Eerie occurrences, spooky events, unsolved mysteries, and terrifying specters haunt Connecticut. Tales of Blood-thirsty dolls, haunted lighthouses and a phantom plane crash tingle the spine of travelers to Haunted Connecticut. Connecticut is known for haunted islands; phantom ships, trains, and planes; sightings of UFOs, aliens, and real men in black (MIB); and encounters with Bigfoot and evil black dogs.There have been plenty of strange atmospheric anomalies, such as Connecticut’s Dark Day; solid clouds that came crashing down from the sky in the Litchfield Hills in 1758; the Moodus Noises, which have yet to be fully understood; and Notch Hollow near Bolton, where car windows fog over for no apparent reason while passing an abandoned railroad track. Indeed, the stories in this book, covering the whole spectrum of the supernatural, are fun to read in a satisfyingly spooky kind of way.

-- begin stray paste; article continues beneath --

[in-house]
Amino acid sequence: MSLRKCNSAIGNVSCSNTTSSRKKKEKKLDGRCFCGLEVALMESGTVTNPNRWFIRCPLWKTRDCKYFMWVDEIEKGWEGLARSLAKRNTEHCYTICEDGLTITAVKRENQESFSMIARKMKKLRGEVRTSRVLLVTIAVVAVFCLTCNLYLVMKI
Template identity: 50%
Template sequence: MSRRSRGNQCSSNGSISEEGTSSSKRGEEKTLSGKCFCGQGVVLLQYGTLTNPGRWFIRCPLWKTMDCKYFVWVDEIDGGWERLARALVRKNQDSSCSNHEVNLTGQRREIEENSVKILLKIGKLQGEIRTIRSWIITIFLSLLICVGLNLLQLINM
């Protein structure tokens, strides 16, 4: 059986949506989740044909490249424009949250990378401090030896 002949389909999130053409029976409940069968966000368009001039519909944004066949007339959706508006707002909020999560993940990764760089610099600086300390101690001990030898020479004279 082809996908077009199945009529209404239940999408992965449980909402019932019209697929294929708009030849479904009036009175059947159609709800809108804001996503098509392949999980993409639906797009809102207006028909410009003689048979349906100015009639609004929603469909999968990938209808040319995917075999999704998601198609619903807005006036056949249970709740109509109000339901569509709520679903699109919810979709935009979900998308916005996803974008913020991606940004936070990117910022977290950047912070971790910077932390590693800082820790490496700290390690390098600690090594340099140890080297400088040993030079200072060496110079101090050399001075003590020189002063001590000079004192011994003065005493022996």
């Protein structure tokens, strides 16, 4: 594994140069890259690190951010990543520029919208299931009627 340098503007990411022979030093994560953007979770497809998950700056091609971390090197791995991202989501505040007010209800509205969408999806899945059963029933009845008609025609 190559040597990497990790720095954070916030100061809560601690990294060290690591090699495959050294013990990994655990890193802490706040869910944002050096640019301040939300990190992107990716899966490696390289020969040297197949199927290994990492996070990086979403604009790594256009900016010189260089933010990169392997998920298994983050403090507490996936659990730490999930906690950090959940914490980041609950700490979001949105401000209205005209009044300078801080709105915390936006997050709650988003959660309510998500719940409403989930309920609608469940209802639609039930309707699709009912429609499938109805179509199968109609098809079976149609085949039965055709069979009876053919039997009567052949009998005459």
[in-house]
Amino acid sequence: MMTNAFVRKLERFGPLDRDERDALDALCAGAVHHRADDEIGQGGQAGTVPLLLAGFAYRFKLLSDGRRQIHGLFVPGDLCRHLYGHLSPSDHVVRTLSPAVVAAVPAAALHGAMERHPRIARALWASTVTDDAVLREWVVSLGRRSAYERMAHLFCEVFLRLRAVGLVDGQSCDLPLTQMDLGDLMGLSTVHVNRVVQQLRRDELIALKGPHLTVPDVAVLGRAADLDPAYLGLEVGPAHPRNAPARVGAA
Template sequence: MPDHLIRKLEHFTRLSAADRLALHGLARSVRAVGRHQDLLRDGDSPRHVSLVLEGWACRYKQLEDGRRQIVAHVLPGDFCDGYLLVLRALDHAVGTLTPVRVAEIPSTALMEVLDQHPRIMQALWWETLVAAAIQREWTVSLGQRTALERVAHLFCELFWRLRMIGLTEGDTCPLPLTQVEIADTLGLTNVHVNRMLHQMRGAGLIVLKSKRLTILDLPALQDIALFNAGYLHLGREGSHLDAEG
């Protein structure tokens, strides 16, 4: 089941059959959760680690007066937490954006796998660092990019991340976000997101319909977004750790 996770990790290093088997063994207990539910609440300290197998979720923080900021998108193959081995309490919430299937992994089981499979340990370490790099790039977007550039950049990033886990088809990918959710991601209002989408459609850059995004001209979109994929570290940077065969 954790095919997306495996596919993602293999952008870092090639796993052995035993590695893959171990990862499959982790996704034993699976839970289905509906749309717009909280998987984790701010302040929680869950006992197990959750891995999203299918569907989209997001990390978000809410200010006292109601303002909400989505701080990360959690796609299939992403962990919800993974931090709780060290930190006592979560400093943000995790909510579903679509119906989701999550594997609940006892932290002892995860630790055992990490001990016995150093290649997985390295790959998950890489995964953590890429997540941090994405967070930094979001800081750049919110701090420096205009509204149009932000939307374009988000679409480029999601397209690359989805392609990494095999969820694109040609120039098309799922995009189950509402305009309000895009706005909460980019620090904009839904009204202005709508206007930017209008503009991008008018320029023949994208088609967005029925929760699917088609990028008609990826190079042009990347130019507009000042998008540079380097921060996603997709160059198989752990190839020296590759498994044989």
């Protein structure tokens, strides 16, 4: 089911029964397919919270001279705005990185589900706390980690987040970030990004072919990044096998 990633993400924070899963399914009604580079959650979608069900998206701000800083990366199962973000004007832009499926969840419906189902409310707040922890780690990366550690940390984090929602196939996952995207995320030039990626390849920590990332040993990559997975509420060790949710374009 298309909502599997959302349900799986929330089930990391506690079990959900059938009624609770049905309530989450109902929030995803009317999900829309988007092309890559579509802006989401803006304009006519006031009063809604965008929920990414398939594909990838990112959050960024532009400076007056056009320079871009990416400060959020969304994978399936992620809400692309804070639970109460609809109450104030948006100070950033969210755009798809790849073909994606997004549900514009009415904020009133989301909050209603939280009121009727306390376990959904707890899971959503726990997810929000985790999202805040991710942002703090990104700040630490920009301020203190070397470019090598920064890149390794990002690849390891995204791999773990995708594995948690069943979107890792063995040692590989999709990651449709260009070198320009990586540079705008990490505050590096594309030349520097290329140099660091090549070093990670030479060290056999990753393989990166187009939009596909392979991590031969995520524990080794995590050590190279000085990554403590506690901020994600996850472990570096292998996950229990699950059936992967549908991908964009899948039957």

One choice will change Libby’s life forever. Libby Norstad’s life has changed to anything but ordinary. In 1857, when she comes to live on the Christina, her father’s steamboat, Libby’s curiosity ensnares her in a mystery. What is the closely held secret of Caleb, the cabin boy who seems determined to make her life miserable? And how can Jordan, a fugitive slave, possibly reach safety and freedom? The night is dark. As three men race to the riverfront, bloodhounds follow their tracks. Through her journey to compassion, will Libby become a freedom seeker? From the golden age of steamboats, the rush of immigrants to new lands, and the dangers of the Underground Railroad come true-to-life stories of courage, integrity, and suspense in the Freedom Seekers series.